Two hours isn’t enough to even scratch the surface of a topic this heady, but it’s clear that the definition of masculinity is changing -- changing fast -- and moving towards something that is tied more closely with one’s personal views, outlooks, and even appearance. Still, the question is far from settled, and won’t be without more Asian voices speaking up.

Props to everyone who contributed to the panel and organizing, especially our panelists and moderator Miss Info.

"I think we as a culture shame men. I think really when it comes down to it we protect and want to uplift marginalized communities, as we should...but with guys in 2017 we just assume that men should know. Men should know what it means to be a good man.” - David Yi.

"Yes, masculinity does come with a physicality, it comes with confidence, it comes with the way you hold yourself, your body, your body language... I find that it’s challenging, too, because the whole Asian American community doesn’t accept that.” Kevin Kreider.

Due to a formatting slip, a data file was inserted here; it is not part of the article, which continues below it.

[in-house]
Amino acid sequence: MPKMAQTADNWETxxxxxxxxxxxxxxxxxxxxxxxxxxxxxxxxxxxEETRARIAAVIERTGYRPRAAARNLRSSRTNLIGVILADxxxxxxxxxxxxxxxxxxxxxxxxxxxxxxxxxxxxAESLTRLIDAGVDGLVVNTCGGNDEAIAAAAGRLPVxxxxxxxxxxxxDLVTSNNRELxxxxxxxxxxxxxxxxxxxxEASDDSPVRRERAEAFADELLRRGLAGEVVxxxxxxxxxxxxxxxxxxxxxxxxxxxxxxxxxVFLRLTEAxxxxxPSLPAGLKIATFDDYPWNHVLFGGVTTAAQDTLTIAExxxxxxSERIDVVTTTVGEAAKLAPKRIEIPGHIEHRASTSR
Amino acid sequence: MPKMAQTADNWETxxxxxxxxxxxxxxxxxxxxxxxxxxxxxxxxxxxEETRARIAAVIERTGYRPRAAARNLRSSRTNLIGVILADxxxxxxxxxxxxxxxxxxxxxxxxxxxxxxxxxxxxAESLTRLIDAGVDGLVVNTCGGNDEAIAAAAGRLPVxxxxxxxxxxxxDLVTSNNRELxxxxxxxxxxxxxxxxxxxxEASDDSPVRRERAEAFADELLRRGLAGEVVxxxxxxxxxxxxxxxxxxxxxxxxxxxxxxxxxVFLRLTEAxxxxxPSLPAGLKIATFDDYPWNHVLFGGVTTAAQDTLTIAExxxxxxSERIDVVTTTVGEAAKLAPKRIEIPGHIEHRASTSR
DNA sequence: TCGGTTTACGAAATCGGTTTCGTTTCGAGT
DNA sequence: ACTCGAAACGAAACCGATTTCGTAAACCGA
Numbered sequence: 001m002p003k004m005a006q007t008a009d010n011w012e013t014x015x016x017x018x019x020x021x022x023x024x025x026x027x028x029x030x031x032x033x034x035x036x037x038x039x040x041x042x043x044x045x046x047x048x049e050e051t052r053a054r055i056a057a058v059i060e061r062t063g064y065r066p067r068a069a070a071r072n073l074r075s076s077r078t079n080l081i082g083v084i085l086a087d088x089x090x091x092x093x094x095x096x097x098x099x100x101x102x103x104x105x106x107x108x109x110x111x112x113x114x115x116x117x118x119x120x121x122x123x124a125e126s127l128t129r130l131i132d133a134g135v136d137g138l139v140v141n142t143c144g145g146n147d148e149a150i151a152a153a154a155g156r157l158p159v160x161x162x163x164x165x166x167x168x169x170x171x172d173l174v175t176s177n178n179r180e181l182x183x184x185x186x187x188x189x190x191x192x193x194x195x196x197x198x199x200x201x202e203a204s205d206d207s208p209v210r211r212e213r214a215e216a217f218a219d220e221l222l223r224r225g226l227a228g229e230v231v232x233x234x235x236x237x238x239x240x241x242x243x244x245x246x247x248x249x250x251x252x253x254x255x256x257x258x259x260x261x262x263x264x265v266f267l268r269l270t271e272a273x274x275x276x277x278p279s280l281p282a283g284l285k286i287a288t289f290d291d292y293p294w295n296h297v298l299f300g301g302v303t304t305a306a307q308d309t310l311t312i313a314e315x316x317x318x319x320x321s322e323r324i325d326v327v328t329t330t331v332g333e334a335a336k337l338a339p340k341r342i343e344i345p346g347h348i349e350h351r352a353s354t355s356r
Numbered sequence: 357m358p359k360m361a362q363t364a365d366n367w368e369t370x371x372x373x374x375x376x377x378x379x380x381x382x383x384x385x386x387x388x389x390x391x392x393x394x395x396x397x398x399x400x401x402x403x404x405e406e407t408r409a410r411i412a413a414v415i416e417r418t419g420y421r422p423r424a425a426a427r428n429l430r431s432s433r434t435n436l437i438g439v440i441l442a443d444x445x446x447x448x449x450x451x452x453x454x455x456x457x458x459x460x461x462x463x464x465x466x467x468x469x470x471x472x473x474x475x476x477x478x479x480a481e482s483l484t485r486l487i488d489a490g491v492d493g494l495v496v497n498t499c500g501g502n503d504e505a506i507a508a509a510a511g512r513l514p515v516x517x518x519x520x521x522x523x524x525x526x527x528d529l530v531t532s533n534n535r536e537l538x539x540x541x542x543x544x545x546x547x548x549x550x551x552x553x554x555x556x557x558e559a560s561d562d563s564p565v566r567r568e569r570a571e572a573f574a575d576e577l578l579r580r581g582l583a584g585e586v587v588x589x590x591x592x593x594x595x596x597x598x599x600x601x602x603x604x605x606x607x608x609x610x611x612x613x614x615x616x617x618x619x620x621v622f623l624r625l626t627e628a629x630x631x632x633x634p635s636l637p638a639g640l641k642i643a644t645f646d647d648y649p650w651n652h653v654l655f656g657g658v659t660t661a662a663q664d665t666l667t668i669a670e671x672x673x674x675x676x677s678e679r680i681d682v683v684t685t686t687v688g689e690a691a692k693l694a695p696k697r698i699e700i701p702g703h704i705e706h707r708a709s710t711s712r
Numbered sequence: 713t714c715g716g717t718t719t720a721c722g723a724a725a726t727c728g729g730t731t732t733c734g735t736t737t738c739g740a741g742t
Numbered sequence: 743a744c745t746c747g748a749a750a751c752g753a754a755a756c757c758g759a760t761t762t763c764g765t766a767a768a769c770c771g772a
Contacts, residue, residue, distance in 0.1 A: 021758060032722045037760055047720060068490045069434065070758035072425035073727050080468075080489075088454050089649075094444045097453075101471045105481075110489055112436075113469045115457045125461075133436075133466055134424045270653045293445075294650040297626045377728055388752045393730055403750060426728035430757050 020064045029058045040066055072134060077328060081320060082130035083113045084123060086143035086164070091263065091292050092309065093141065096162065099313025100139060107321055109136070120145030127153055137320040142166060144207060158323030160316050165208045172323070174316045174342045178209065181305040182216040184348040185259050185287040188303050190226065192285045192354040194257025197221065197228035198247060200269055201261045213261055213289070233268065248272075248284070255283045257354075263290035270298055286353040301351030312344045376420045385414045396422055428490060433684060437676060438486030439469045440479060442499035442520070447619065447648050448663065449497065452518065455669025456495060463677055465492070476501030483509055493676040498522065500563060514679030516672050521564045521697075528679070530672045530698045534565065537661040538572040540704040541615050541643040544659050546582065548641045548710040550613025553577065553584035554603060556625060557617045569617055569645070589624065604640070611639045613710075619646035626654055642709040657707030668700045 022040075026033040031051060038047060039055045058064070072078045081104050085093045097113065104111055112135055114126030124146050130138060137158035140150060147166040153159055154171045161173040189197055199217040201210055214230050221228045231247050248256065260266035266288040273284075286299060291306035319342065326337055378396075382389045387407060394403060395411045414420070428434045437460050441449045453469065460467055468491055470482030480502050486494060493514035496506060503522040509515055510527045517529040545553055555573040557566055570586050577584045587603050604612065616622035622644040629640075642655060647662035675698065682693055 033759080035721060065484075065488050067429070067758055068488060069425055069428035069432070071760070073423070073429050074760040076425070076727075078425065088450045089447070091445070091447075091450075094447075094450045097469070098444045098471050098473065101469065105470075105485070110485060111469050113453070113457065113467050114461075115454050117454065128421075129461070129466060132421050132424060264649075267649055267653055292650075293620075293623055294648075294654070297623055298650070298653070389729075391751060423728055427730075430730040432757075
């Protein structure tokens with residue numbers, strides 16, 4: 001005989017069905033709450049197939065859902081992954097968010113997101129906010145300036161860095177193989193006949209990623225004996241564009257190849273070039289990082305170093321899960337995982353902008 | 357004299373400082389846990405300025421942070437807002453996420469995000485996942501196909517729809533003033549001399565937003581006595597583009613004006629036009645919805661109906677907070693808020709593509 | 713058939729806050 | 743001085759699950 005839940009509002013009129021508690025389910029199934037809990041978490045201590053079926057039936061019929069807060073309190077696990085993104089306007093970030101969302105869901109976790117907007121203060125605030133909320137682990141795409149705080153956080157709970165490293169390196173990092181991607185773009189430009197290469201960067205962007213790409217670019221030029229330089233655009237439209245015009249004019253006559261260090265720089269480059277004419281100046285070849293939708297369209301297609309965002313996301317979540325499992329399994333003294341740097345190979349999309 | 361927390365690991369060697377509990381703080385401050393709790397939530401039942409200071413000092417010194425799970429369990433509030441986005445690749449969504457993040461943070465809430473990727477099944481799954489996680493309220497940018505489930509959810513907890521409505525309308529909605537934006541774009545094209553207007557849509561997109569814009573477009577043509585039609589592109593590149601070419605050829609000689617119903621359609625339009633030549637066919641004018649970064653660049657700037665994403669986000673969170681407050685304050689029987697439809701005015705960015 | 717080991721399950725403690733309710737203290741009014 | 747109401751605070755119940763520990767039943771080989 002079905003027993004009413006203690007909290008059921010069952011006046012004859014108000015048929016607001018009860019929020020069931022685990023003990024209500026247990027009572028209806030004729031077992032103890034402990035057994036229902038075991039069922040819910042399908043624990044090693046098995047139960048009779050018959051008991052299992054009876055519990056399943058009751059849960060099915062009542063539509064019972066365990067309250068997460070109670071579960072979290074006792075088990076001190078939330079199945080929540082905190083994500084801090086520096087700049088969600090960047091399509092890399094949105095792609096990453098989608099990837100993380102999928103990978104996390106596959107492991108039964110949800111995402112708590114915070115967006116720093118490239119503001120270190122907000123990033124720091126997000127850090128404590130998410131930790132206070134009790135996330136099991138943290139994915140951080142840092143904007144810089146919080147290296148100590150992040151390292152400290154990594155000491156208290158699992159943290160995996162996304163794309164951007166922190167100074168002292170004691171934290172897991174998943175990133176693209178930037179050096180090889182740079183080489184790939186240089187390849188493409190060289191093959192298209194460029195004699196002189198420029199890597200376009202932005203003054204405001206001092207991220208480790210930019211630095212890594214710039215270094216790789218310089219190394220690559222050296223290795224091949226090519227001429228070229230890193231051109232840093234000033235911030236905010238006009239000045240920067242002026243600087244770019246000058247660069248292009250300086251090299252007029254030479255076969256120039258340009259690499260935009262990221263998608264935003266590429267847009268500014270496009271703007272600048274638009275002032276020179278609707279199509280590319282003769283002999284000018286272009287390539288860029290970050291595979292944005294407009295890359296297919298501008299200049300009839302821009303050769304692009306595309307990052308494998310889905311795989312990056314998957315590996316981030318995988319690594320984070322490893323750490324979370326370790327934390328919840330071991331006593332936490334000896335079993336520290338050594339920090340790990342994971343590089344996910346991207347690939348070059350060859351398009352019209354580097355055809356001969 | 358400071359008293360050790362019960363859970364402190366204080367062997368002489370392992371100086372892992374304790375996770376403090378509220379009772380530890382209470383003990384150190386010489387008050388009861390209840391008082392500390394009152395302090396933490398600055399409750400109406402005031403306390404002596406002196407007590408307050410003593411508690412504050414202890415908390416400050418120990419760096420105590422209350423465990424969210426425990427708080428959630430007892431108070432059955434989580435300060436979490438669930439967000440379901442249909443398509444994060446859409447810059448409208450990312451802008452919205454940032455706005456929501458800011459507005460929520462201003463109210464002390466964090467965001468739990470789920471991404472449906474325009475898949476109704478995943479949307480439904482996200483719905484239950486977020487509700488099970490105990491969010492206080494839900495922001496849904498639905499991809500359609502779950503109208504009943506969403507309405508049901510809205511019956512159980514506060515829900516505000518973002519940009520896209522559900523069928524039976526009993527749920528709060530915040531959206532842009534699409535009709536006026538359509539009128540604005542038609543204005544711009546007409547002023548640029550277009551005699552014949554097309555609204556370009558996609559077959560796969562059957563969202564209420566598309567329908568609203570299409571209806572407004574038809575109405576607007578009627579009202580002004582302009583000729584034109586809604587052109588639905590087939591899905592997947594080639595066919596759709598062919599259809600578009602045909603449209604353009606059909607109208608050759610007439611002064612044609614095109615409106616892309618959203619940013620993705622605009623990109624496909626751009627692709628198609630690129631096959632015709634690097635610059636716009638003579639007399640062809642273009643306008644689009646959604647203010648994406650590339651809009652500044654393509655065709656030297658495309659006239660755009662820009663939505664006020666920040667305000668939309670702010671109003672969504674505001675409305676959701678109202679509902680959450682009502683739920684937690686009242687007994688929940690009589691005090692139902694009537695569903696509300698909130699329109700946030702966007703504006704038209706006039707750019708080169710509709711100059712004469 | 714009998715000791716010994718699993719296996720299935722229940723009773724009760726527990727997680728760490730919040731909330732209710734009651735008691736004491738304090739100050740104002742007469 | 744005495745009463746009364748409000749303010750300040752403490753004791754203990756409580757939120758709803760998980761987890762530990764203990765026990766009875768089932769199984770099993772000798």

"Vulnerability is the new thing. Men who really understand weakness can really emphasize the value of having strength.” Jian DeLeon.

“I don’t go around promoting that Staple [Design] is owned by a Chinese person. I don’t want to be judged on being Chinese. I just want to have a dope clothing and make dope shoes. I don’t want to make dope shoes for a Chinaman.” — Jeff Staple

"The journey of a man is he tries out things... doesn’t know shit and when gets to that point where he realizes, 'OK, I’ve gotta be myself...be comfortable with who I am' -- I think that’s where masculinity comes from. - Lyricks

To listen to the full audio recording of the panel discussion click play below!


Q&AZN: SUNDAE SCHOOL by Kathleen Tso